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Bob Mason
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  • US inflation came in above the 2% FED target last week, however, the Dollar remained weak, what do you expect to see next for the greenback?

There’s been a lot of talk of inflationary pressures building at the turn of the year, with headline inflation accelerating according to the January figures released last week. In spite of the pickup, core inflation and the FED’s preferred Core PCE Price Index numbers have not reflected an acceleration with the annual rate of inflation holding steady, when looking at baseline numbers.

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Yields responded to the headline numbers however and the FOMC meeting minutes released on Wednesday added to the upside in the U.S Dollar.

Economic projections have been revised upwards by members of the Committee, with members also viewing the Tax Reform Bill as favorable to consumer consumption.

The markets considered the latest minutes alongside wage growth and the inflation figures that were released after the FOMC meeting at the end of January.

With the economic outlook continuing to be positive and the FOMC economic projections expected to see upward revisions when released next month, the markets will need to pencil in a 4th rate hike, which has been talked about in recent weeks.

One negative for the Dollar remains the issue of government debt and any fall in demand for U.S notes during auctions. While we don’t expect this to be an issue in the near-term, any shift in demand for government bonds towards Europe and Asia and the Dollar could fall under significant pressure.

So for now, it’s likely to hinge on the March FOMC economic projections and the rate path that Committee members map out for this year, which should be Dollar positive near-term.

  • The crisis in Latvia has caused problems for the ECB this week, what issues do you expect this to cause for Draghi and co. moving forward?

I don’t think that this should cause Draghi and the ECB any major issues other than some degree of embarrassment. The latest scandal is another example of the issues faced in the Eurozone, where individual member states maintain control at the national level when it comes to certain areas of oversight.

The very fact that national governments and central banks are unlikely to escalate any incidents of illegal activity, with no centralized body in place to handle anti-money laundering issues and illegal activities raise a bigger question that the European Parliament may need to address.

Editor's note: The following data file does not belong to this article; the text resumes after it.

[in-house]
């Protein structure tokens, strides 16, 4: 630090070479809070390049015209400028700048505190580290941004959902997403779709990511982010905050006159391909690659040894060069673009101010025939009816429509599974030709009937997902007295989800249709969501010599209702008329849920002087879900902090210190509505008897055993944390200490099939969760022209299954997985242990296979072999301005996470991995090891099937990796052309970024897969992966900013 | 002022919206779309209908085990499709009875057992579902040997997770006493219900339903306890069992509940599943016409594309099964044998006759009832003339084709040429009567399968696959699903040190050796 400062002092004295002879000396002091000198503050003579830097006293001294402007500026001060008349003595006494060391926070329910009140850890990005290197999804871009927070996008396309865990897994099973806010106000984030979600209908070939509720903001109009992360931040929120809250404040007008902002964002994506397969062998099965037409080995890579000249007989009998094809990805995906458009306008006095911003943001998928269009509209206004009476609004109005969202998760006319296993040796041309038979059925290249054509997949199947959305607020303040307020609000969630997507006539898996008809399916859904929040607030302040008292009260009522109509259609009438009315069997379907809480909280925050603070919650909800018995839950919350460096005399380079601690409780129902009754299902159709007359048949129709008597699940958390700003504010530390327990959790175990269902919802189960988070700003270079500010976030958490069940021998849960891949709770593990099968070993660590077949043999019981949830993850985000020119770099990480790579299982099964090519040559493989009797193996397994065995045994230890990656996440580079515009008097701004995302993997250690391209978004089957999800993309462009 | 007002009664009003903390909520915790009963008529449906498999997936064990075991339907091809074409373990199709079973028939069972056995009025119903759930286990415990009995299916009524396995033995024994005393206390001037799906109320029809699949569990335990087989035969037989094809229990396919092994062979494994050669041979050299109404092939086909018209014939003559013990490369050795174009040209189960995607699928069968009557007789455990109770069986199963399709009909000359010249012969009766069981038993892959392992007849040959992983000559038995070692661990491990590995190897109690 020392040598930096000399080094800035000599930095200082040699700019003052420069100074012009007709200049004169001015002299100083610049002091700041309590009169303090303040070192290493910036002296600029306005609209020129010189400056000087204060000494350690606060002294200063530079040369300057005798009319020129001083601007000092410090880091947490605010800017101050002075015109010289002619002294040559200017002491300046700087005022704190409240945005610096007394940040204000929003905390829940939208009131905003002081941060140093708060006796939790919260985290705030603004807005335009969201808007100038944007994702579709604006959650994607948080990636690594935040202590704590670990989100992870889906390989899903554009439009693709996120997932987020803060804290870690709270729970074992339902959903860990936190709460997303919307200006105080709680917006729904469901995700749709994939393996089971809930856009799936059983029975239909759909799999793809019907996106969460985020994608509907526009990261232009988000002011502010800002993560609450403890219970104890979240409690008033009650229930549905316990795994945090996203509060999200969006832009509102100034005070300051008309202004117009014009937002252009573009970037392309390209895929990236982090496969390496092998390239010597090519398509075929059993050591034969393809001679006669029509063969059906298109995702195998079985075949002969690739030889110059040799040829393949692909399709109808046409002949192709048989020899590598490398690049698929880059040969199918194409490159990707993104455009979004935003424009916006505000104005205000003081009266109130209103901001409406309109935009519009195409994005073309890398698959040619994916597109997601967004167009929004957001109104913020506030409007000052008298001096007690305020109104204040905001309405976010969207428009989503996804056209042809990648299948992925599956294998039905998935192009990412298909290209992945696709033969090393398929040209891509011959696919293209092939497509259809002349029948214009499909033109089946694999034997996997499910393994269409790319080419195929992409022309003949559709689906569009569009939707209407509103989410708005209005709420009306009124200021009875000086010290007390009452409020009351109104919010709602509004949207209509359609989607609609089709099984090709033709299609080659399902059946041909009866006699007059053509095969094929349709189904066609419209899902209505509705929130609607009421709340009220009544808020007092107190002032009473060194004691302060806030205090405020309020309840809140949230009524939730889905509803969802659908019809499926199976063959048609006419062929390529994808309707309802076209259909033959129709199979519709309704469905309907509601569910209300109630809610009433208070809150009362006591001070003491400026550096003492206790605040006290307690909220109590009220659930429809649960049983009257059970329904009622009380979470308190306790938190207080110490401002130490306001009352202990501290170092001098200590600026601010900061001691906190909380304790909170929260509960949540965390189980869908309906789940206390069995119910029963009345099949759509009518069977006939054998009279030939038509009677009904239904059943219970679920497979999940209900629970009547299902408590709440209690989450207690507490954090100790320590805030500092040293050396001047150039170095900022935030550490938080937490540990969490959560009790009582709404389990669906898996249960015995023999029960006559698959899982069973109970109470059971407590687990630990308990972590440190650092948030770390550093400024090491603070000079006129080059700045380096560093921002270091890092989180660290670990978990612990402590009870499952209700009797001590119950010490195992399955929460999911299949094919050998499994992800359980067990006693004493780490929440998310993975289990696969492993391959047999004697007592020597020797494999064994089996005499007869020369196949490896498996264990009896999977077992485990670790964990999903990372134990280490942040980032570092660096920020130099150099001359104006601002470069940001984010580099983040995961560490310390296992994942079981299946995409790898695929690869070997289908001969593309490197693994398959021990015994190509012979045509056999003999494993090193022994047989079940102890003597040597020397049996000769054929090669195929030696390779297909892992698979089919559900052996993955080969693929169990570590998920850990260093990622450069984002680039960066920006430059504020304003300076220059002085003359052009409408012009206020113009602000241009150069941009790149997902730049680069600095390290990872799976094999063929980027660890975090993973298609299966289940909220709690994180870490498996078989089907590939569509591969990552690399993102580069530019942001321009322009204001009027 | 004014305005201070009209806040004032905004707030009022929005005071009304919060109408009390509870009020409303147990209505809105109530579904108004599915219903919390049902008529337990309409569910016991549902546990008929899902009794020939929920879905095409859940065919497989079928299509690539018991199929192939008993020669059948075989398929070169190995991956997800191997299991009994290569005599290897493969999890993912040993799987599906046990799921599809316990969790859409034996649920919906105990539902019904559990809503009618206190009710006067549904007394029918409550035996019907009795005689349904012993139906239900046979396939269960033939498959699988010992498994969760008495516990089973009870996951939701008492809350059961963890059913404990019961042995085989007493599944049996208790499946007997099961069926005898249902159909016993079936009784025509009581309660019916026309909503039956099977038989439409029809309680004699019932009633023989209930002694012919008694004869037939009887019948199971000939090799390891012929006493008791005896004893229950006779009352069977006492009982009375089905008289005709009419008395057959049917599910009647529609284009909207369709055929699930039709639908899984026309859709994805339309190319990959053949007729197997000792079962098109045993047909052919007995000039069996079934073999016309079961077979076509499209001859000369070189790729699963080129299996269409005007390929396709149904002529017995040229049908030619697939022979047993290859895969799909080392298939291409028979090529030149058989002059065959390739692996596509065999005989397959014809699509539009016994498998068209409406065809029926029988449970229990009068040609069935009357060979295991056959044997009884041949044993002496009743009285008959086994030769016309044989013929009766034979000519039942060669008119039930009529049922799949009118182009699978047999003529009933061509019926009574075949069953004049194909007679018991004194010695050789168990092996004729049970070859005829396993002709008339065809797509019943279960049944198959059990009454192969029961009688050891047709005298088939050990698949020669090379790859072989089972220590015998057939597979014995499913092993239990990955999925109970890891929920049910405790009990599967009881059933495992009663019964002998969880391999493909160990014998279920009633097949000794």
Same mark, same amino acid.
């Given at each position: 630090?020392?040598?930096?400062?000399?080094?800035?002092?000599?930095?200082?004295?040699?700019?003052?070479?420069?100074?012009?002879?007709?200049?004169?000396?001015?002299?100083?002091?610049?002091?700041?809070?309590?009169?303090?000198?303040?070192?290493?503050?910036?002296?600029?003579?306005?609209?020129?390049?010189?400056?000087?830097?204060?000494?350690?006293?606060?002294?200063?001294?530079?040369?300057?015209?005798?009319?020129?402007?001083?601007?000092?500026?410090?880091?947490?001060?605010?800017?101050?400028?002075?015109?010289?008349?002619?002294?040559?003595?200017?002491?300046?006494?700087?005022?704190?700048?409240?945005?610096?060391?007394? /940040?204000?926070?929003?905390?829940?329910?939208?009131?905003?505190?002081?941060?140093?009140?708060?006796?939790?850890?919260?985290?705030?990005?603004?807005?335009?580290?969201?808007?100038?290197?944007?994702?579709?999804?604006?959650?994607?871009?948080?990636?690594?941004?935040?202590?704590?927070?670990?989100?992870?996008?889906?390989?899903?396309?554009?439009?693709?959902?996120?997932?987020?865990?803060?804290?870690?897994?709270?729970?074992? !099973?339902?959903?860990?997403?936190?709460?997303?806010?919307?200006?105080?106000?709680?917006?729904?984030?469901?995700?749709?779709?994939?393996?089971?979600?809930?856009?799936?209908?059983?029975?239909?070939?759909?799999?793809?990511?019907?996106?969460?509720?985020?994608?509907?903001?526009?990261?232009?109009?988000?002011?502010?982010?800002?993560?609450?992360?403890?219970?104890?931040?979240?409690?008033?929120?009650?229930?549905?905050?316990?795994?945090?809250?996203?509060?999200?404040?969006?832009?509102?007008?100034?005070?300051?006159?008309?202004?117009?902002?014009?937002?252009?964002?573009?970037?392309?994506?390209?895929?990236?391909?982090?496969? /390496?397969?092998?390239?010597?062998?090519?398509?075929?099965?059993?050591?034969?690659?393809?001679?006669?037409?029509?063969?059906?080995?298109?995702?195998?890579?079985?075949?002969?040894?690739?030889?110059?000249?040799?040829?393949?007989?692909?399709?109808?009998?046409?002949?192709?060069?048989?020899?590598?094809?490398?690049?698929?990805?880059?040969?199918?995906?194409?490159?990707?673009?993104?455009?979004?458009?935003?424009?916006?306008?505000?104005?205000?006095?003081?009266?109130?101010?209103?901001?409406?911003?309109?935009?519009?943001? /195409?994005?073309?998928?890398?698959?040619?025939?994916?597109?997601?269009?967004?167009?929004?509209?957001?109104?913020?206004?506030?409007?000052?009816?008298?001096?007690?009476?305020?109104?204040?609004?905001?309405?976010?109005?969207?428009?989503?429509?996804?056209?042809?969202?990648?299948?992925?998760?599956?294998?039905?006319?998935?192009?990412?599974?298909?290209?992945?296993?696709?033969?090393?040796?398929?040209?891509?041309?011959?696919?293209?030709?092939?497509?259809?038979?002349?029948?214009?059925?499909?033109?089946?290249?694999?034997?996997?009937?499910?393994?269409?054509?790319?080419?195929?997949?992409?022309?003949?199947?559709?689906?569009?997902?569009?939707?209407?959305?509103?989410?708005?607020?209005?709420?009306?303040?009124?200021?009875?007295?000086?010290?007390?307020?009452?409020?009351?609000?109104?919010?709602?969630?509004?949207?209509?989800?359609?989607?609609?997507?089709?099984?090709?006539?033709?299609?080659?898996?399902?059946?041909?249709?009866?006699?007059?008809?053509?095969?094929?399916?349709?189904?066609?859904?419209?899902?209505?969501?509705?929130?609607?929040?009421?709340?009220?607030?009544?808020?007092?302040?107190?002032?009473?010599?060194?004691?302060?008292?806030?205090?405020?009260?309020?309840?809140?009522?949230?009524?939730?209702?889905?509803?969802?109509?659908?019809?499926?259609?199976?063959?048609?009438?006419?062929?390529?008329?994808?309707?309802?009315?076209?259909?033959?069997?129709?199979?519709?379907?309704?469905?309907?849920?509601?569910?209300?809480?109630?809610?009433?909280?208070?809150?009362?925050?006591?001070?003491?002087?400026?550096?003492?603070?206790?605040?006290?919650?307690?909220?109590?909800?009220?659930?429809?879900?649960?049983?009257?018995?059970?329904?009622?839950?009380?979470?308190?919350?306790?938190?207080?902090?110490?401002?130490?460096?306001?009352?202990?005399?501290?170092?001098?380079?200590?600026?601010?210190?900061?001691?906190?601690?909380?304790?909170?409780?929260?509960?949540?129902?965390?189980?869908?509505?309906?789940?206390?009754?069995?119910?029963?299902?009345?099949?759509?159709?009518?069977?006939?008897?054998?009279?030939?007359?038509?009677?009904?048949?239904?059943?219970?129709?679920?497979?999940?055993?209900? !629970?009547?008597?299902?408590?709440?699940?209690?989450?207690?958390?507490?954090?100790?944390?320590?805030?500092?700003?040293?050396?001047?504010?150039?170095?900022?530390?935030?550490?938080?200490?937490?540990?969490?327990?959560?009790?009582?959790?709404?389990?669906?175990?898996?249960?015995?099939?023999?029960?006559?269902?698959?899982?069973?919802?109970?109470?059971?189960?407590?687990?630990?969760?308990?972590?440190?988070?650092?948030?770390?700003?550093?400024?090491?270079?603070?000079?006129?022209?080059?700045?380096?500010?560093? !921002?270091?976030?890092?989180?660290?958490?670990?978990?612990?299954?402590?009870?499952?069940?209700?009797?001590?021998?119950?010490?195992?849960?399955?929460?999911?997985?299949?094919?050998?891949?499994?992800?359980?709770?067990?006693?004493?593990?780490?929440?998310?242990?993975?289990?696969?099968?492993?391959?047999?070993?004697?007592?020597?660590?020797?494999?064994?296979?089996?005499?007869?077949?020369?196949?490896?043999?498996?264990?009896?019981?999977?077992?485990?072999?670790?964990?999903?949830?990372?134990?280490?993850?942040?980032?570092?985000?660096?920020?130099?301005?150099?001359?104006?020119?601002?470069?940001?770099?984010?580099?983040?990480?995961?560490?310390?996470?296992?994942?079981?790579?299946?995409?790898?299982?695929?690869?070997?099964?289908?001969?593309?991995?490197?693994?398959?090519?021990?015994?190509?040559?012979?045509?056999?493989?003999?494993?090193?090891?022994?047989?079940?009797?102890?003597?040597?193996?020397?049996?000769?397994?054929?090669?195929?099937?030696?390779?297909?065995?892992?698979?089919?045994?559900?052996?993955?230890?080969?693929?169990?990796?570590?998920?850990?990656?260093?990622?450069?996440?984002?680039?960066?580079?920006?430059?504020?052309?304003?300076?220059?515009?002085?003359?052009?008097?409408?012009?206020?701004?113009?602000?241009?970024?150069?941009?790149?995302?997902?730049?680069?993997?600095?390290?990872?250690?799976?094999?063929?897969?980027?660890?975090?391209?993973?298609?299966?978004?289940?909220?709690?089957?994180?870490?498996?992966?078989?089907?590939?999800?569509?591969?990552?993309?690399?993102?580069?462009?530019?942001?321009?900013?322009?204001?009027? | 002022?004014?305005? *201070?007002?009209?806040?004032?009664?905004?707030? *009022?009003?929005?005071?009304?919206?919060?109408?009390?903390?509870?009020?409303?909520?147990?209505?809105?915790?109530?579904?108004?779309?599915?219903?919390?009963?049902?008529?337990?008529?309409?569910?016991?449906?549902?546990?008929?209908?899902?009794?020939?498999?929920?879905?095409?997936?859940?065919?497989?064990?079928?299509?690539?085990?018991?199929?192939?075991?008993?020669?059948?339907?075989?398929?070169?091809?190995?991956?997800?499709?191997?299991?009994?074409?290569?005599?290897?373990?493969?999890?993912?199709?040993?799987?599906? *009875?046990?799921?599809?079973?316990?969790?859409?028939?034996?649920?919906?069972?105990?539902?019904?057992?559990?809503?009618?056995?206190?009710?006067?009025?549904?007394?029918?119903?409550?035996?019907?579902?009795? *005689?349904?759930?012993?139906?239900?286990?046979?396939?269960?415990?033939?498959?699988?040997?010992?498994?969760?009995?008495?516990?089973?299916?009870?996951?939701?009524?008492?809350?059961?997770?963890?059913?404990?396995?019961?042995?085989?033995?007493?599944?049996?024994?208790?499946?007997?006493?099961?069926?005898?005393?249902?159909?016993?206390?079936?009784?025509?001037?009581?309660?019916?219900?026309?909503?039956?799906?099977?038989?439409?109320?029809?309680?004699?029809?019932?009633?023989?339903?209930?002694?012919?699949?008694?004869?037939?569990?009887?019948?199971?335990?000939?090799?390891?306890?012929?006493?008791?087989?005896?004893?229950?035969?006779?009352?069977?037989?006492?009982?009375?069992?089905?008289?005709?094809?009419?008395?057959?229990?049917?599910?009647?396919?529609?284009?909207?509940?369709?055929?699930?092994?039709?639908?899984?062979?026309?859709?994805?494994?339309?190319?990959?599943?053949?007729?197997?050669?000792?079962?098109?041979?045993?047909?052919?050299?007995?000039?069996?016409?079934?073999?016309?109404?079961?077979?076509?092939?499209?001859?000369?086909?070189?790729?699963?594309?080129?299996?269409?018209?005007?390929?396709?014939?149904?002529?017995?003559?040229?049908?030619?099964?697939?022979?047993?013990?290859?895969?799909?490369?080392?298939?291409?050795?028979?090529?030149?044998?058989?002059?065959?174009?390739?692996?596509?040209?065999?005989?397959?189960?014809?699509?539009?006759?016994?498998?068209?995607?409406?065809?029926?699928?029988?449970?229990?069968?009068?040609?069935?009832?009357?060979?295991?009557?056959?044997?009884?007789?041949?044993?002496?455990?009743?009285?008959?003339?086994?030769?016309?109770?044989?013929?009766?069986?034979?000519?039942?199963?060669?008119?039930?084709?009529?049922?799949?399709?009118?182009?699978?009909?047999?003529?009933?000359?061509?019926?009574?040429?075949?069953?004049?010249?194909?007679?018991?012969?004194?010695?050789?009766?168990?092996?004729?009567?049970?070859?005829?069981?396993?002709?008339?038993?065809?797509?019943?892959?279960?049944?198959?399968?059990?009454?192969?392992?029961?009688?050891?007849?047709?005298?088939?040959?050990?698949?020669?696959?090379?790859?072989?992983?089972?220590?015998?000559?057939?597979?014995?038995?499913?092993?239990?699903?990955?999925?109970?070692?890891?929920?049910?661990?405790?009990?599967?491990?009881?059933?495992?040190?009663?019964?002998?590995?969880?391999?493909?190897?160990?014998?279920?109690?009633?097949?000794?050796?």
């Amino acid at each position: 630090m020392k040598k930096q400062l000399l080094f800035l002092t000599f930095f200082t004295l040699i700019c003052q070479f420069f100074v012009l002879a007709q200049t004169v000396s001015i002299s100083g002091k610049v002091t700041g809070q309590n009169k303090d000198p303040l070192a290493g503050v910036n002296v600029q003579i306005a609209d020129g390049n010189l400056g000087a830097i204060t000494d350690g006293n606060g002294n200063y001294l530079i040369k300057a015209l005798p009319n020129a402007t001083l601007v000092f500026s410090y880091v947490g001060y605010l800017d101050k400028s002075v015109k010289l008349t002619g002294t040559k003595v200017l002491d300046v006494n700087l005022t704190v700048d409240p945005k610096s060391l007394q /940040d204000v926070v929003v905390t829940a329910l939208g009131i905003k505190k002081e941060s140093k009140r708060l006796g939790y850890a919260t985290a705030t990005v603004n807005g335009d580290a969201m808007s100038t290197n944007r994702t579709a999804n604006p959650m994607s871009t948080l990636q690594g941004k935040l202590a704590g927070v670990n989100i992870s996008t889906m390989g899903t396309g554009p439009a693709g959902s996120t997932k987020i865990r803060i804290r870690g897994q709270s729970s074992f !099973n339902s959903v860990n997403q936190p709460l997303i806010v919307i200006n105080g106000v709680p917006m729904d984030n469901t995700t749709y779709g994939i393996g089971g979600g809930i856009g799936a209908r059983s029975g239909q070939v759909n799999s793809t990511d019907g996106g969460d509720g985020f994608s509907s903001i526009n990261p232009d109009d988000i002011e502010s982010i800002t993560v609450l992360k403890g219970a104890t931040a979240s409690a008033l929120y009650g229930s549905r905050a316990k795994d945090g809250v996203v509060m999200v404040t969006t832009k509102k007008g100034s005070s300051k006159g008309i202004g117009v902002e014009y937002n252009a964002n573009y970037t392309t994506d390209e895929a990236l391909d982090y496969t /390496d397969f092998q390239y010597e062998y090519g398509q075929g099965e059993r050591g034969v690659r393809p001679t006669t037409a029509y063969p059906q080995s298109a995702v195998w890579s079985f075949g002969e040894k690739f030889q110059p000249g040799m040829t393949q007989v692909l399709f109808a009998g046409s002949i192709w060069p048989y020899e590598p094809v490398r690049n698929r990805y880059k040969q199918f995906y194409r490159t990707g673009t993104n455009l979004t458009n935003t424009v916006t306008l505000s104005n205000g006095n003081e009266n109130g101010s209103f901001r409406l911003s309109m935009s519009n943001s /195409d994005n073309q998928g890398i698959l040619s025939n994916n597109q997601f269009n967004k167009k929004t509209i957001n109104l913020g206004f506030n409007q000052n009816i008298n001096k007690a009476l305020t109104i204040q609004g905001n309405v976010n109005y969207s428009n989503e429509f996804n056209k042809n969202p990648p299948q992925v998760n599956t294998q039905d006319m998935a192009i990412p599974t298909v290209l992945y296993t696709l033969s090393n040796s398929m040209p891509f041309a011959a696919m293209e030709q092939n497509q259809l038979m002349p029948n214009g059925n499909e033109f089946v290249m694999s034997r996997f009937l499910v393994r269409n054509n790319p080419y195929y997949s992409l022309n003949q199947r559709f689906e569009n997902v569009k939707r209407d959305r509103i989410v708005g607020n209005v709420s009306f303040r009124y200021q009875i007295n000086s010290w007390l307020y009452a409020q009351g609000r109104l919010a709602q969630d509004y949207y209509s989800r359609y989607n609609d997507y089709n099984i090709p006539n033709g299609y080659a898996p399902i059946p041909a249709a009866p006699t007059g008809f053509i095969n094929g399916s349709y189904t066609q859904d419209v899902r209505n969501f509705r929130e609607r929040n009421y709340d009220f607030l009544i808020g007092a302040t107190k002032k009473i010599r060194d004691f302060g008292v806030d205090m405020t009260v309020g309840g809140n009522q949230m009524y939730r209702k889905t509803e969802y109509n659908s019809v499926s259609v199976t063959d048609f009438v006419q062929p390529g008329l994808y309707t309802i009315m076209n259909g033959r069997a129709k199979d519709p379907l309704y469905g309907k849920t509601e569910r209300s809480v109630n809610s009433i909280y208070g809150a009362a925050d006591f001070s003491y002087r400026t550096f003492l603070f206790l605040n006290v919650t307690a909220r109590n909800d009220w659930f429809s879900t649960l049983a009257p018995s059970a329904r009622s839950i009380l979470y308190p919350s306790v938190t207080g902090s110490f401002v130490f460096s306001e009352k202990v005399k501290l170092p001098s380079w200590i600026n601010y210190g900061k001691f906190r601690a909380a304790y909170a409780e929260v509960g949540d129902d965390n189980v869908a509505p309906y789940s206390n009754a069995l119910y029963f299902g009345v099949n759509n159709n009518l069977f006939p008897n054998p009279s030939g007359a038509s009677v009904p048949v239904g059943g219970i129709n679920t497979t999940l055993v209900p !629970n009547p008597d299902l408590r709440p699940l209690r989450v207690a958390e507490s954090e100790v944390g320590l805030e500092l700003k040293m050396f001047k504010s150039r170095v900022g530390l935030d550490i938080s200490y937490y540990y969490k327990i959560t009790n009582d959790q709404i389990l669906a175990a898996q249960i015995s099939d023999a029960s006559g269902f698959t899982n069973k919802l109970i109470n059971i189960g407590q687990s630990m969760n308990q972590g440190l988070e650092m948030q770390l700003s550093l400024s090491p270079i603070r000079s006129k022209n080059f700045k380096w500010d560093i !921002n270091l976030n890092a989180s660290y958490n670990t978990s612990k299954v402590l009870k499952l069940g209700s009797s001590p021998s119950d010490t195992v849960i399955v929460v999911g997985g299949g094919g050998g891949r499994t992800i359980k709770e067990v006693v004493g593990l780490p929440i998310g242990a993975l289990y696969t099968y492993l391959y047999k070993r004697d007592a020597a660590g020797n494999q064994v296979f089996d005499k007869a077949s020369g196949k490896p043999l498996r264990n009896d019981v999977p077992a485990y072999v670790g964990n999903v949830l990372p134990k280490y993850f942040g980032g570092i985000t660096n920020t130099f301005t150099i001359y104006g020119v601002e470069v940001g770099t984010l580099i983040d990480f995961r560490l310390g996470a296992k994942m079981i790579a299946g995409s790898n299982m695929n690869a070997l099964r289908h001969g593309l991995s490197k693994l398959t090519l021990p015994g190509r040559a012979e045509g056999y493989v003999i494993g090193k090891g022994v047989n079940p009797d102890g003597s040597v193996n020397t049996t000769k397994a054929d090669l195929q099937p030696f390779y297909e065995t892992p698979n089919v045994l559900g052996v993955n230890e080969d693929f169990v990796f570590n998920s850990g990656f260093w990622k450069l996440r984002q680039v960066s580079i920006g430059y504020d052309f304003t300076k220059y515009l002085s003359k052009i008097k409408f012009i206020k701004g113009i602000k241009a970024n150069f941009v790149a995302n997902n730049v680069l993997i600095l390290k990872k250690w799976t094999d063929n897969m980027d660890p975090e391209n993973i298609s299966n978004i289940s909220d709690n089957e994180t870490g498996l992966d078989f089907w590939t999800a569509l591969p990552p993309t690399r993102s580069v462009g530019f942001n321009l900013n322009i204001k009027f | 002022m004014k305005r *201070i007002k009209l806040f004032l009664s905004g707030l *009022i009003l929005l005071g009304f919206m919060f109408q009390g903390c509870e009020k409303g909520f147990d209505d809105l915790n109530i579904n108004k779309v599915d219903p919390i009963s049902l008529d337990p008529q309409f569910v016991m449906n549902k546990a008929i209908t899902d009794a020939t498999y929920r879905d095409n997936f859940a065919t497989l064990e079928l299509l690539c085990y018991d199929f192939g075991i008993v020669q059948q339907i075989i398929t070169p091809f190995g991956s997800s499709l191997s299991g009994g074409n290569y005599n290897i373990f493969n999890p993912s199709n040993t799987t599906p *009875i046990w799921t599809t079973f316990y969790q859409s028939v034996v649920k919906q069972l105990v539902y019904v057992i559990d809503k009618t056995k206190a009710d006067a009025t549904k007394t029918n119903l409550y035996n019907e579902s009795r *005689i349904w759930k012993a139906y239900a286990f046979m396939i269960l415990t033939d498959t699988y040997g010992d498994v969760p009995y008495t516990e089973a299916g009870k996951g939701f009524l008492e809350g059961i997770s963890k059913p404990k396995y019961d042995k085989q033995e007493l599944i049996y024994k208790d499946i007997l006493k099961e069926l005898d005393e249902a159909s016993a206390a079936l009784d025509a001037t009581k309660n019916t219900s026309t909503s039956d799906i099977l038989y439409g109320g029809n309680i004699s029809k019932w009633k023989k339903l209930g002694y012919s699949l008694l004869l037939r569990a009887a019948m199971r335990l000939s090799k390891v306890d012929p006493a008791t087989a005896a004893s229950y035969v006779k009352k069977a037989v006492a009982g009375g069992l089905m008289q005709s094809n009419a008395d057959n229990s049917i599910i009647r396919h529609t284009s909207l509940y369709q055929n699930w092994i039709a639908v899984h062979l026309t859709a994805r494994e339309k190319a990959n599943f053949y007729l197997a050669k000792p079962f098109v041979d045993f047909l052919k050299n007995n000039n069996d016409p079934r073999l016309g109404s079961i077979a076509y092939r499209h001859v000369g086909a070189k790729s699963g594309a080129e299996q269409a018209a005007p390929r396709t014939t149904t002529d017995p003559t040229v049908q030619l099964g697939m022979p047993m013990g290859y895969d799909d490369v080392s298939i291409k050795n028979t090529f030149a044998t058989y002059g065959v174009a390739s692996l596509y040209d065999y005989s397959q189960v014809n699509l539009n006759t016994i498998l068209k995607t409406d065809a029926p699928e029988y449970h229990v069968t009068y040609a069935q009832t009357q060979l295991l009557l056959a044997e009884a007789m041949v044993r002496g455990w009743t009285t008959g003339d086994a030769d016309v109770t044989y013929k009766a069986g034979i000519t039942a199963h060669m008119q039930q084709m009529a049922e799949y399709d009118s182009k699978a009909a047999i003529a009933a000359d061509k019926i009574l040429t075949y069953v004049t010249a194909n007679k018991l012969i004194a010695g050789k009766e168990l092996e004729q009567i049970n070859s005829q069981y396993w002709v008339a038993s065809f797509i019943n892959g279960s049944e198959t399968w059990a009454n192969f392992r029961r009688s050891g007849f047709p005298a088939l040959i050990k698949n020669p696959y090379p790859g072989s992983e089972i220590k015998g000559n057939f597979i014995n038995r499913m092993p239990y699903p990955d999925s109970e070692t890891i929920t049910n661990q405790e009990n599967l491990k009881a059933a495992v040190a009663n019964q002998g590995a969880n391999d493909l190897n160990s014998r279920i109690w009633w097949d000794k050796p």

On top of that, the Latvian central bank governor’s position within the ECB is an automatic process and not one of selection, with Latvia’s inclusion into the Eurozone leading to Governor Rimsevics inclusion within the ECB’s council.

The greatest embarrassment will be the fact that the U.S was able to identify the illegal activity that was taking place under the noses of the ECB and the EU, but there are some questions around how the U.S actually became aware of the activity.

Until there are greater centralization and control in Brussels, the risk of such events recurring remain high and current governments continue to face a backlash from voters on national identity, so we won’t expect governments and national central banks to hand oversight to Brussels anytime soon.

  • With some positive Data out of the UK, and the EU suggesting a more flexible approach to trade talks have helped the GBP this week, what will be the key to continued GBP strength in the coming months?

Data out of the UK has been relatively upbeat when considering the doomsday outlook that economists had predicted in the wake of the EU Referendum.

As Carney pointed out during the inflation report hearings on Wednesday, the financial markets have begun to respond to macroeconomic data again, with the Pound having previously been driven by Brexit and domestic political noise.

On Wednesday, we saw the unemployment rate rise, which weighed on the Pound in spite of the positive sentiment towards Brexit and a likely favorable agreement on the transition dates and trade, albeit on paper.

Sentiment towards Brexit has led to the shift in market focus, though much will depend on the final outcome of transition and trade negotiations that kick off next month.

If all goes well, that will likely lead to a green light for the BoE to lift rates in May, which would certainly be a positive for the Pound. So, while the Pound has begun to respond to the data, it’s going to boil down to next months talks.

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